I take the trust people put in me very seriously. That’s what’s in the secret awesome sauce at Landlord Rescue. That’s why we keep getting more and more clients. People trust us and we do our best.  It’s not rocket science. Avoid bad tenants, collect rent and make sure the place doesn’t fall apart.  Rinse and repeat.

Real property management is boring as hell. If you do your job properly, nothing happens. Every time I send out an email update to a landlord stating that nothing happened I have succeeded. That’s why no one loves property managers, because nothing happens when we are at our best.

Happy Hallowe’en I hope nothing happens to you.

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Saving Money At Any Cost – Why it’s Dumb

October 25th, 2014 · Commercial Property, Contractors, Property Management, Rental Property

Dumb and Dumber (1994)

Here’s the problem with constantly asking contractors for lower prices. Someone will say yes and they will give you your money’s worth.

Here’s the other problem. You own the house. and. the. crappy. illegal. building. code. breaking. “renovations”.

You are not saving money, you are just kicking the can down the road.

I’m currently having a major issue with a renovator who managed to mess up a basement apartment that has actually been vacant for over a year. I got some quotes from decent contractors I have used before. They do nice work. The owner managed to find their own contractor who had a much lower price. Shortly after hiring said contractor the owner left the country. It was left to me to approve the final work and payment for the work.

It was awful. Now it’s my problem. Except fixing other contractors work is not something anyone wants to do for a reasonable price. So the apartment sits empty for another 2 months while we wait to find a price cheap enough to repair the mistakes of the previous “cheap” contractor.

Heating Adventures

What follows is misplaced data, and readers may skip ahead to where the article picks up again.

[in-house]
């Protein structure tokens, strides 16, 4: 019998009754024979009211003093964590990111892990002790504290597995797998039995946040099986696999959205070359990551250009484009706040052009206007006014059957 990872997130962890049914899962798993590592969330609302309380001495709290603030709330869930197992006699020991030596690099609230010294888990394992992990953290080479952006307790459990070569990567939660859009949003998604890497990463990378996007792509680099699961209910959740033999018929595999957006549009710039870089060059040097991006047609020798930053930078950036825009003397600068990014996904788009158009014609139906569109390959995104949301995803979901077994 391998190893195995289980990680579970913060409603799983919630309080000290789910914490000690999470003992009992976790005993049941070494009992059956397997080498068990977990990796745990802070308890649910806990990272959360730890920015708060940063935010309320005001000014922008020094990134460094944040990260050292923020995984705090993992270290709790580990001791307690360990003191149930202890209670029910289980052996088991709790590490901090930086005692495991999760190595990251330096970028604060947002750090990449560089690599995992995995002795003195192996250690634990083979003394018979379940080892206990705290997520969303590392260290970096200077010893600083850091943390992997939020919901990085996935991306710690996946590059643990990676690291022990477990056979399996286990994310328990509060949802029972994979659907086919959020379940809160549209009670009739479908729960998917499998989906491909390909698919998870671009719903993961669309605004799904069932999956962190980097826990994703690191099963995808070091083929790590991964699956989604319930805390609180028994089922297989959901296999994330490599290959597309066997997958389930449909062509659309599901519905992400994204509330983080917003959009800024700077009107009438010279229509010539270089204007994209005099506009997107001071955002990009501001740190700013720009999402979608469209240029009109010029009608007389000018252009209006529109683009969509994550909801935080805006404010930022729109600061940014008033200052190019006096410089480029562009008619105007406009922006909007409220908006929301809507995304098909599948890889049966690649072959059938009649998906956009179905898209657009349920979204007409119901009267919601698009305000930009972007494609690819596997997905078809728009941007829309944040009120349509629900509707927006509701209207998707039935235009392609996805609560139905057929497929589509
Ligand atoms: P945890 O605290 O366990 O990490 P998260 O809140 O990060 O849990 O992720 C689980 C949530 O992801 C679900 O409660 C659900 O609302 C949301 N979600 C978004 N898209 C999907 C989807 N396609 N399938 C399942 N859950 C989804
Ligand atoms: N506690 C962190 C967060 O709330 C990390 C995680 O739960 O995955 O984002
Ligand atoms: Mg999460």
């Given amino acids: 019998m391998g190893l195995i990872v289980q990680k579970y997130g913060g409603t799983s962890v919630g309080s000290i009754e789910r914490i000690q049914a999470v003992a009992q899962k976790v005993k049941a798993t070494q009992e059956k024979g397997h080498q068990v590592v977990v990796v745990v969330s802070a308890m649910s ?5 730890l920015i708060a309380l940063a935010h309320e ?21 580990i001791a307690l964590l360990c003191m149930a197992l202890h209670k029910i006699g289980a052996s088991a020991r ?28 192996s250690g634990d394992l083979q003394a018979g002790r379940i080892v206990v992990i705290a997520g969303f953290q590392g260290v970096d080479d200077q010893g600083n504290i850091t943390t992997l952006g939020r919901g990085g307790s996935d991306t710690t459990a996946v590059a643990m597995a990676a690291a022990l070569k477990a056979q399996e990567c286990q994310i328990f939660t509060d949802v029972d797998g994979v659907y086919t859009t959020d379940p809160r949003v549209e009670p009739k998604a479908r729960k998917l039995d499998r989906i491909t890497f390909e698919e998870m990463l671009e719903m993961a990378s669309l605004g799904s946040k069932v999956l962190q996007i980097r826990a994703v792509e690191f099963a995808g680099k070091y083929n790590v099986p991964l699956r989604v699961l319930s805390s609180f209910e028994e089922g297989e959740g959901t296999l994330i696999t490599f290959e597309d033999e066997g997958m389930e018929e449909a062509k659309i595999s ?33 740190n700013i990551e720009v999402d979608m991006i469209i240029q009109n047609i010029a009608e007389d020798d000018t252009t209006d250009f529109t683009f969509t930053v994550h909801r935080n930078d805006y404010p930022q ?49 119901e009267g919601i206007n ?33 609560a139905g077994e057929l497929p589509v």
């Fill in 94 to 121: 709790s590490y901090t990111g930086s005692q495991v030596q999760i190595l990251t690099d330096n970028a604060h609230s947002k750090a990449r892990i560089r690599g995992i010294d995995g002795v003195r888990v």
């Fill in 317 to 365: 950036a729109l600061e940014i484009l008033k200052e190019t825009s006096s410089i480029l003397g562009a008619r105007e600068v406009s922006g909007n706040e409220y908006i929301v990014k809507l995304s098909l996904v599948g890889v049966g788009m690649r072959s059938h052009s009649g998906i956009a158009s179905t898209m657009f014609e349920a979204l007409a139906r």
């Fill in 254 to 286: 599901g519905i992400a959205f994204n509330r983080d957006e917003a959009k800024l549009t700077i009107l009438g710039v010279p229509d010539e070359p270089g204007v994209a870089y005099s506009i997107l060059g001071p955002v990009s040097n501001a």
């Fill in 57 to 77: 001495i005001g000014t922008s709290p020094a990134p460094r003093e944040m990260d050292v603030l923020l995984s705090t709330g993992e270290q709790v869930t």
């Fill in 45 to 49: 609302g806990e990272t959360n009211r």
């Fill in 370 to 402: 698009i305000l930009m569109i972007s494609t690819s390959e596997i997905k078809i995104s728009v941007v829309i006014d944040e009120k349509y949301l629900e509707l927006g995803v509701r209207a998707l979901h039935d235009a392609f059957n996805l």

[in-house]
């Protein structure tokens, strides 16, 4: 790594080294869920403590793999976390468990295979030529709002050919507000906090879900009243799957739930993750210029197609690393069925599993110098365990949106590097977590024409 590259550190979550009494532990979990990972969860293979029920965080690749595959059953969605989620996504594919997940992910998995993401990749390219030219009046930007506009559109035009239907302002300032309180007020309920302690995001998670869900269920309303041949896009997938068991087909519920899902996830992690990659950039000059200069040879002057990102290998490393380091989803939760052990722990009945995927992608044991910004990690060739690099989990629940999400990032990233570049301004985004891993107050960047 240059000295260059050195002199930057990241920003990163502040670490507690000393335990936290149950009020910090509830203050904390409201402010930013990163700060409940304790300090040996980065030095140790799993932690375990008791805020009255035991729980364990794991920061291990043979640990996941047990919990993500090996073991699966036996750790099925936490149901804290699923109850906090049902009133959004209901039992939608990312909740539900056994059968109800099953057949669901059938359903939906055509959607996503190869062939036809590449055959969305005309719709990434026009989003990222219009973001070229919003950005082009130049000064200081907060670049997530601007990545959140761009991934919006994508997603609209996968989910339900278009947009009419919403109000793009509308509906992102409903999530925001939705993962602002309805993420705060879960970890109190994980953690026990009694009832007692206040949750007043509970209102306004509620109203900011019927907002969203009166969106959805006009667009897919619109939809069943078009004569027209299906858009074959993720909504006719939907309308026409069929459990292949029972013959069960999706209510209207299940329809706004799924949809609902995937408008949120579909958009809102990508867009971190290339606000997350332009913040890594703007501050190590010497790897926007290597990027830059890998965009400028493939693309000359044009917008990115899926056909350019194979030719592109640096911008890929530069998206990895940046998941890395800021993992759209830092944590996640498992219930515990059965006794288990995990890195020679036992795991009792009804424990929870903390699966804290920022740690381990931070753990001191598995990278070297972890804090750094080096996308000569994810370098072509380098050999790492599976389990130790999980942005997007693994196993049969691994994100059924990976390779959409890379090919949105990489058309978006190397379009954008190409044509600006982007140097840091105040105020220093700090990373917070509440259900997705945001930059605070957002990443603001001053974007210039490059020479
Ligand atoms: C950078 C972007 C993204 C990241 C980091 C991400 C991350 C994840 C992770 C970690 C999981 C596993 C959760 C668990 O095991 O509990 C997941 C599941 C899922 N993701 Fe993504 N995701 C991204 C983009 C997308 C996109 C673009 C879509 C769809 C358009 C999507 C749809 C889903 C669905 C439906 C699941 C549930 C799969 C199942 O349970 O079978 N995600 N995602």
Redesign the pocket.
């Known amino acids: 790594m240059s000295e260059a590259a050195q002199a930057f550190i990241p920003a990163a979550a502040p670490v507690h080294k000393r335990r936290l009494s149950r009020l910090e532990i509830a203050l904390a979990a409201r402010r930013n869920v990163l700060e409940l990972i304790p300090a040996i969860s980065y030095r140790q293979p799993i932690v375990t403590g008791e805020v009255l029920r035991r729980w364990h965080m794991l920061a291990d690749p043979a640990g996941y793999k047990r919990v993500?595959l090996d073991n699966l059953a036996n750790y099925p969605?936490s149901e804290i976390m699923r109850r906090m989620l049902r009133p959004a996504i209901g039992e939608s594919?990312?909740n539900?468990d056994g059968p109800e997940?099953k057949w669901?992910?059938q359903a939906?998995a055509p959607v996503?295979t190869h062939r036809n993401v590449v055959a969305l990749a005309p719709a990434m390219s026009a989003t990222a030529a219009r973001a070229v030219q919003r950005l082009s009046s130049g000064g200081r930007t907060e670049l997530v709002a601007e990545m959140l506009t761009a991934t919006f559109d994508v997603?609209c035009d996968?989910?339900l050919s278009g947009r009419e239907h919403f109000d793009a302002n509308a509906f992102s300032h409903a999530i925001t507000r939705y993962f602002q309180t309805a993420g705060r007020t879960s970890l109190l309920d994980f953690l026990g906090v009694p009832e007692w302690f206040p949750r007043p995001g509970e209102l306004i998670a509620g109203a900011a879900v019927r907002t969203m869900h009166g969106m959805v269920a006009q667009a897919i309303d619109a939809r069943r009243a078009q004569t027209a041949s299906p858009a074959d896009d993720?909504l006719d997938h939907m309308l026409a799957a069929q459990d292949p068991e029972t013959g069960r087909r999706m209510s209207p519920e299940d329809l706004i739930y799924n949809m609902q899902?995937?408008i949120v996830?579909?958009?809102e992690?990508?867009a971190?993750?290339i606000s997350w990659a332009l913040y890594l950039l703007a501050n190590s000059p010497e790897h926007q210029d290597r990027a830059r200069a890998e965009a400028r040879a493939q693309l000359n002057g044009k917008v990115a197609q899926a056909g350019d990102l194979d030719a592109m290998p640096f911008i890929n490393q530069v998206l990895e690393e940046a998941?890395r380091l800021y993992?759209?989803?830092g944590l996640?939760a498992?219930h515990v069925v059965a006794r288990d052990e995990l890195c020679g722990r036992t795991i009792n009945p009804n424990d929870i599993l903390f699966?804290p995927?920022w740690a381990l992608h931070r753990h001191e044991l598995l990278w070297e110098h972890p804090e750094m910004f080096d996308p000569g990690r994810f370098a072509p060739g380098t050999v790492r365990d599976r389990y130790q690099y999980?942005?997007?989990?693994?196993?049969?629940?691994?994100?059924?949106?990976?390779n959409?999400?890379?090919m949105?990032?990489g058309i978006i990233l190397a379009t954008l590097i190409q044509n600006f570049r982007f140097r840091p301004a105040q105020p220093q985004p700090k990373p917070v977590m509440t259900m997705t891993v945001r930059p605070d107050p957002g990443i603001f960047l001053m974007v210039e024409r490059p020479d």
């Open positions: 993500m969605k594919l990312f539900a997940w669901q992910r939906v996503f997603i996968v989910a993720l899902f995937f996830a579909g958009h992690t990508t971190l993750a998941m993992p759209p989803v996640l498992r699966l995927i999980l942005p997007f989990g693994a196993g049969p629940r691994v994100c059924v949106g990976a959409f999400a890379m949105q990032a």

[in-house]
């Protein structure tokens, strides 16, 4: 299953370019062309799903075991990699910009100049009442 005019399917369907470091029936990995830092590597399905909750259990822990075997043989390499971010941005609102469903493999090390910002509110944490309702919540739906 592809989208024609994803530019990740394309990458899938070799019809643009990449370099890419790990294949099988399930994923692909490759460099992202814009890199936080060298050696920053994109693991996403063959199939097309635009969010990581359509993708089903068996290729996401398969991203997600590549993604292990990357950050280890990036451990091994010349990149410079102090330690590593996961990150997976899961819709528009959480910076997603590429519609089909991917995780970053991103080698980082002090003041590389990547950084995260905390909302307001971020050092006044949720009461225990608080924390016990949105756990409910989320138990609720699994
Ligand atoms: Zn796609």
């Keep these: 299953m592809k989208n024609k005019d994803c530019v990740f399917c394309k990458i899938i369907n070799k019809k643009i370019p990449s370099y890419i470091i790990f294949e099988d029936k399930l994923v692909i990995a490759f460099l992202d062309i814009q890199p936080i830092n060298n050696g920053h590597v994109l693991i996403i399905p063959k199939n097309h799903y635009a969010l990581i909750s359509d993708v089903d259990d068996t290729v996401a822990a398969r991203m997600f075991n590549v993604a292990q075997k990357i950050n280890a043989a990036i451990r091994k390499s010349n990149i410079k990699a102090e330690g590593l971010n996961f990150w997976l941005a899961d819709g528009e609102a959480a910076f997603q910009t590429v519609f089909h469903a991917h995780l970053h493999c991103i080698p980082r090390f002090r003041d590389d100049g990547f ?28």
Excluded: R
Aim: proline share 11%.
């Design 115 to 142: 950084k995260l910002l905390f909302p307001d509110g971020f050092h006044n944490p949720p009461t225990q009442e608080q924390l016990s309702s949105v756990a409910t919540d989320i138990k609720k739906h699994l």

That’s ok, because as it turned out, the heat doesn’t work. I send out my usual contractor (another landlord I work for) and as it turns out the hot water tank is being used as a boiler and also supplying the hot water. This is the result of a previous cost saving initiative. I called the contractor who did the initial installation and they do not want to come back because apparently they have come back every year and now they don’t want to.  According to the current guy this type of system will work for a few years then plug up.

This is also now my problem. Lucky me.

Meanwhile back at the ranch, the owner is telling me that they will sell the property this spring because it doesn’t cash flow. I call this phenomenon starving the goose that lays the golden eggs. There is nothing wrong with the property.

Working For The Contractor But Not Being Paid

The other day, I get a phone call from another owner. She’s headed out to pick up materials for her contractors. She works full time and has a couple kids and now she’s picking up materials. I told her to hire people who pick up their own materials. Get the wrong thing and the wrong amount and it’s your fault. Push the responsibility to the people it belongs to. She’s not getting a discount or being paid to do their work. Shopping and picking up materials is contractors work.

In most cases I install a lock box and the contractors go and let themselves in and out. The contractors I use are not crackheads from Kijiji. There is not a cost savings on the planet that is great enough for me to micromanage a project like painting a basement apartment. I’m not picking up the paint, standing over them, telling them how to paint, cleaning up their drips and generally putting up with bullshit.

Neither Should You. Are you sick of problems with contractors? Tell me your horror story in the comments…